As a second control, each competitor isolate was also placed in competition in a mixed infection with a control strain of X. koppenhoeferi S0. The control strain was isolated in the same field sampling as the X. bovienii isolates and distinguished by a unique genomic fingerprint (Hawlena et al., 2010a). Repeated inductions (n = 4) showed no bacteriocin production by the control strain nor were any of the competitor isolates able to inhibit the control strain. Infections with the control strain were performed and caterpillar hosts sampled as described earlier. Multiple dilutions of hemolymph were plated, and competitors were distinguished from the control strain by colony colour (Bashey et al., 2011) and differential sensitivity to plates containing 50 μg mL−1 of ampicillin.

Statistical analyses

The performance of the competitor isolates relative to the focal isolate was calculated as the difference of the population growth rates of each clone: mcompetitor– mfocal (defined as the selection-rate constant, Lenski et al., 1991). Where the growth rate (m) is defined as ln(final cell density/initial cell density) in each host over the course of the experiment. To determine whether performance differed between the inhibitory and noninhibitory isolates, we performed a mixed-model ANOVA for bacteria isolated from each nematode clade using sas v. 9.2. Infection assay was included as a random effect. Similarly, we performed ANOVAs to compare the growth rate of the inhibitory and noninhibitory competitor isolates to the control strain. We performed Cox (proportional hazards) regressions using the PHREG procedure in sas to test for differences in mortality rate between single and mixed infections for each pairing between the focal and competitor isolates.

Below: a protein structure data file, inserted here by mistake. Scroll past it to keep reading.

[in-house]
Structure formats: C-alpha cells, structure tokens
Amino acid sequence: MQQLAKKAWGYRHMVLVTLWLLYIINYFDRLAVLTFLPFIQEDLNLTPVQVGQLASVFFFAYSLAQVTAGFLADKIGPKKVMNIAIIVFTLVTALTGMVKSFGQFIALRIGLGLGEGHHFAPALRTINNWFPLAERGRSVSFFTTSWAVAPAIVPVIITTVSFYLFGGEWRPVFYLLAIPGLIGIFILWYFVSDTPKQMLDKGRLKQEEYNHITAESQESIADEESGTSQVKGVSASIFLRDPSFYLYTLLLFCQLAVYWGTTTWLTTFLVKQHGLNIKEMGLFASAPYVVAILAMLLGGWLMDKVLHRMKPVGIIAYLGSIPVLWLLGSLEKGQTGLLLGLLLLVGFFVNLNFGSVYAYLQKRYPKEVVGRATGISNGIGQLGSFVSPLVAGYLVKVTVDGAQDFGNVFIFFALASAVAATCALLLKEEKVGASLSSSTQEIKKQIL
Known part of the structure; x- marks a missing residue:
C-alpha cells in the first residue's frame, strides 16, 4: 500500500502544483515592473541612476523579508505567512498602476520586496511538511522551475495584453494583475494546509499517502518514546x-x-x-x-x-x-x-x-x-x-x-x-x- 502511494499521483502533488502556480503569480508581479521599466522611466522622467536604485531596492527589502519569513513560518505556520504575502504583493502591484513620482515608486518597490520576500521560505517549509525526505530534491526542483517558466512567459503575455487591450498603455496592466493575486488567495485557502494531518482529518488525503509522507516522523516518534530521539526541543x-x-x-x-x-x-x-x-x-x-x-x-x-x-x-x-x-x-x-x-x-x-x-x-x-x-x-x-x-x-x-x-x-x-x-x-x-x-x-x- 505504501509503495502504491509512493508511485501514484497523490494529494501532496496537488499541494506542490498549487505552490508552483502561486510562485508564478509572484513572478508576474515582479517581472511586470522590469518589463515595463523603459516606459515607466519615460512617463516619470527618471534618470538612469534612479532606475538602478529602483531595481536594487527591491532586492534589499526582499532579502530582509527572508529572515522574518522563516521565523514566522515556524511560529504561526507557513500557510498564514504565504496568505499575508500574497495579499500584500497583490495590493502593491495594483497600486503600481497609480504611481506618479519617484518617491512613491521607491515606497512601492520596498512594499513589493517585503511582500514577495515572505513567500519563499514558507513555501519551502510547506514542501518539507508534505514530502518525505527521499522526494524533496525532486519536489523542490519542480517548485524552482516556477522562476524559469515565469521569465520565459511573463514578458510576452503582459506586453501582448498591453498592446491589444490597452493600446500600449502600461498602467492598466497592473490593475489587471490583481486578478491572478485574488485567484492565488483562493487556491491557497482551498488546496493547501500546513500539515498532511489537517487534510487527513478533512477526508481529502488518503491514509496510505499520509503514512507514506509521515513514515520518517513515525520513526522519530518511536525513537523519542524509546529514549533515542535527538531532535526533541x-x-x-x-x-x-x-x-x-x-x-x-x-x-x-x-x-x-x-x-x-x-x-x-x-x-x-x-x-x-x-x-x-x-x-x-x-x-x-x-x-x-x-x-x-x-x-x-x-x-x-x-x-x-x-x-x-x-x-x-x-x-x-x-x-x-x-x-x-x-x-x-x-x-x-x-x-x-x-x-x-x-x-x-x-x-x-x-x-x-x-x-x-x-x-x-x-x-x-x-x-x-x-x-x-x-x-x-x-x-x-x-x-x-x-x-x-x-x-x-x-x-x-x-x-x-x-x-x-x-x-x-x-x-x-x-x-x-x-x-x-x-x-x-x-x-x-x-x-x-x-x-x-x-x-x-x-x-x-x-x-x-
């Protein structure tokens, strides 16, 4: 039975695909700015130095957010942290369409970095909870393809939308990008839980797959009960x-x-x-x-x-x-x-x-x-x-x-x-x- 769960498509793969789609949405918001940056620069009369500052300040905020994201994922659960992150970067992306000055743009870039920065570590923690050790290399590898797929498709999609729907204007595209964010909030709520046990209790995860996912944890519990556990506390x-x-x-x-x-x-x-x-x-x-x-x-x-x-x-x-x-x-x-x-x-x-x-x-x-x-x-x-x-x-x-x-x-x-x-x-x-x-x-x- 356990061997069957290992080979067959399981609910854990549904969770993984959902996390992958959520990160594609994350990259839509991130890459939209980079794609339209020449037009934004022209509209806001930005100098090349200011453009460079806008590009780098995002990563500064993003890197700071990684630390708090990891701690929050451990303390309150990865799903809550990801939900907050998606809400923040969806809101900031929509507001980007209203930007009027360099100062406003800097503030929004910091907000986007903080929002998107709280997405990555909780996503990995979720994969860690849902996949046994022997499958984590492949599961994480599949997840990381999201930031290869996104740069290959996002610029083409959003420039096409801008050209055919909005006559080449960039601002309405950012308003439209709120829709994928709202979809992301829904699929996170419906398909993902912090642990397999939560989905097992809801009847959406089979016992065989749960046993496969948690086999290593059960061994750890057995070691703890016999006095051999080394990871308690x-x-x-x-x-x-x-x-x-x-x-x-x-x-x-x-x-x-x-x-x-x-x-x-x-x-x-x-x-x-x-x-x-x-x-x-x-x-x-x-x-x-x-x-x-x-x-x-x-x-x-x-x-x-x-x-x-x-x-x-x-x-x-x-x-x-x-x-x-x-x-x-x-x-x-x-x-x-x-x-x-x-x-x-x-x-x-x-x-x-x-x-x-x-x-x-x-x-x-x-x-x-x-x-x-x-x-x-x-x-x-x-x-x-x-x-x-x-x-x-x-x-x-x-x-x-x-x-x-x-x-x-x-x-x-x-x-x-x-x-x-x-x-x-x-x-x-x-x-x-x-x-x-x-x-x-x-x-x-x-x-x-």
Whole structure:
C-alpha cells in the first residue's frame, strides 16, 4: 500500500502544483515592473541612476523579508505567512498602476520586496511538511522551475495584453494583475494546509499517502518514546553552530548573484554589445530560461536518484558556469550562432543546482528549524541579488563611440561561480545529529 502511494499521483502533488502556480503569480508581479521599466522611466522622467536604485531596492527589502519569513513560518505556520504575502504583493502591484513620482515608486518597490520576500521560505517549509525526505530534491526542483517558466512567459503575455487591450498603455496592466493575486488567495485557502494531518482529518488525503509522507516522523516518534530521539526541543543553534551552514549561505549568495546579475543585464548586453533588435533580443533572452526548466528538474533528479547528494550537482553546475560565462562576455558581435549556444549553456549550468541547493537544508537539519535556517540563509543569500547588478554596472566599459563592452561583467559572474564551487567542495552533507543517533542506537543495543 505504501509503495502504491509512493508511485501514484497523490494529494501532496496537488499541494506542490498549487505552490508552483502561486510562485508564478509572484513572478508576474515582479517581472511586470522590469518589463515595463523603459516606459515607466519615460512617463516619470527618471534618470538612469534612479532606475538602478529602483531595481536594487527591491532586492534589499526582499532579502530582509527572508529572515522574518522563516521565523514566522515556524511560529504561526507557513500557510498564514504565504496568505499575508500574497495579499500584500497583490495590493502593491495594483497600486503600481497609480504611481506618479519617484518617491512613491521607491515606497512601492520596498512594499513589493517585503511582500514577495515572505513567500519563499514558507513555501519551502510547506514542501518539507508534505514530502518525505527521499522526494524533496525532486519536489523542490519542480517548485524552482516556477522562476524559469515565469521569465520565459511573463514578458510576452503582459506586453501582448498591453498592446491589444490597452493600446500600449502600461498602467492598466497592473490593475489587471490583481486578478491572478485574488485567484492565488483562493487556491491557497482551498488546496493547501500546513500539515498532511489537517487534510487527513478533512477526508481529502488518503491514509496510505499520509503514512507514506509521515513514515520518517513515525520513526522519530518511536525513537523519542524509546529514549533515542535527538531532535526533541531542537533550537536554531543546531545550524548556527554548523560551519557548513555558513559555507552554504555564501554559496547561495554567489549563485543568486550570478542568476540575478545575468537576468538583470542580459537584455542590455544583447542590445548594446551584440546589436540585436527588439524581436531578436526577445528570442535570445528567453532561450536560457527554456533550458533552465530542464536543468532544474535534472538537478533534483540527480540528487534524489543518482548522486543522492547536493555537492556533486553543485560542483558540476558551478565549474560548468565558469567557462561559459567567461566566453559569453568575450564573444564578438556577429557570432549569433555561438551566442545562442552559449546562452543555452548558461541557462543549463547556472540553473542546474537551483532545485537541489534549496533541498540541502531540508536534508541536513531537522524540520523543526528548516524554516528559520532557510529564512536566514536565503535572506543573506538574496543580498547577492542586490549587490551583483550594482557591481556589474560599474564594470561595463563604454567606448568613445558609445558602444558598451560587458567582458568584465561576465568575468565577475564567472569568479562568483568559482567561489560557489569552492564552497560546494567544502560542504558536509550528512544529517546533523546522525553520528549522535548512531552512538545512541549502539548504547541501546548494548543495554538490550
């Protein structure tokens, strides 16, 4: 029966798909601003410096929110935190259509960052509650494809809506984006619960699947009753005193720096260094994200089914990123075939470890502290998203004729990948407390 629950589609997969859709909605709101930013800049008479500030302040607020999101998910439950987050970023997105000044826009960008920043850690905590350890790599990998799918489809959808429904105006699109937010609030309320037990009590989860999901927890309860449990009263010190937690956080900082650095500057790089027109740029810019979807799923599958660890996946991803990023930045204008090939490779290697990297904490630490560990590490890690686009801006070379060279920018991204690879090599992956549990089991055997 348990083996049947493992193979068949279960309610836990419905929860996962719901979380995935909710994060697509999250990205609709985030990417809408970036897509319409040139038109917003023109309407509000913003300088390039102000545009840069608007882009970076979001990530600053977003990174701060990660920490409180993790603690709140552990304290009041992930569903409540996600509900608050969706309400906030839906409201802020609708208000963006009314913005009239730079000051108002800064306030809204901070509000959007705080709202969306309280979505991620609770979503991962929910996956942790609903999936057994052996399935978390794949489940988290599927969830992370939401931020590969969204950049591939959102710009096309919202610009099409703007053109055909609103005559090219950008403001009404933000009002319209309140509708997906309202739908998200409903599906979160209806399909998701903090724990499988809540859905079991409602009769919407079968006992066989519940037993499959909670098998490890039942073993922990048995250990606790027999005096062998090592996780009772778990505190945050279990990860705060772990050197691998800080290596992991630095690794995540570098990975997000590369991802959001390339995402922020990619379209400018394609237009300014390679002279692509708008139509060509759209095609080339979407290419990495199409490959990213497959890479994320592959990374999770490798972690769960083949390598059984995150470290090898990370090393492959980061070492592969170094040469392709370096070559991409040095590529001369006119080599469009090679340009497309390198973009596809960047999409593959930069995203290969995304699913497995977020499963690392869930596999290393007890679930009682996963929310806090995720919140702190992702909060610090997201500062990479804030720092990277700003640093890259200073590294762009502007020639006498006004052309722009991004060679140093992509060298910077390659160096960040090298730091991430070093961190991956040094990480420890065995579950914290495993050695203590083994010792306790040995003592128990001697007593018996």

Results

  1. Top of page
  2. Abstract
  3. Introduction
  4. Methods
  5. Results
  6. Discussion
  7. Acknowledgments
  8. References

The inhibitory isolates grew significantly better than the noninhibitory isolates when inoculated into a caterpillar with the focal isolate (Fig. 1a). This growth advantage was highly significant in isolates associated with either the same (Clade 1, F1,21 = 63.30, P < 0.0001) or different (Clade 3, F1,21 = 157.91, P < 0.0001) nematode species as the focal isolate, supporting the hypothesis that bacteriocin production confers a fitness advantage to kin in within-host competition. In contrast, when inoculated singly into caterpillars, the inhibitory isolates did not differ in growth from noninhibitory isolates (Clade 1, F1,32 = 0.032, P = 0.85; Clade 3, F1,32 = 0.96, P = 0.3360, Fig. 1b). Further, the inhibitory isolates had no growth advantage over the noninhibitory isolates when inoculated into a caterpillar simultaneously with the resistant control strain (Fig. 1c). In fact, whereas the Clade 3 pairing showed no difference in relative growth (F1,18 = 0.68, P = 0.4220), the Clade 1 pairing showed lower relative growth of the inhibitory isolate (F1,22 = 78.90, P < 0.0001).

image

Figure 1.  Growth of each competitor isolate relative to (a) the focal isolate when inoculated simultaneously into caterpillars, (b) the focal isolate when inoculated singly into caterpillars and (c) the control strain when inoculated simultaneously into caterpillars as a function of whether the competitor isolate can produce an inhibitory bacteriocin against the focal isolate (filled bars) or not (open bars). Relative growth is the growth rate [ln (final cell density/initial cell density)] of the competitor isolate minus the growth of the focal isolate (or control strain) over the course of the experiment. Error bars represent 1 SE.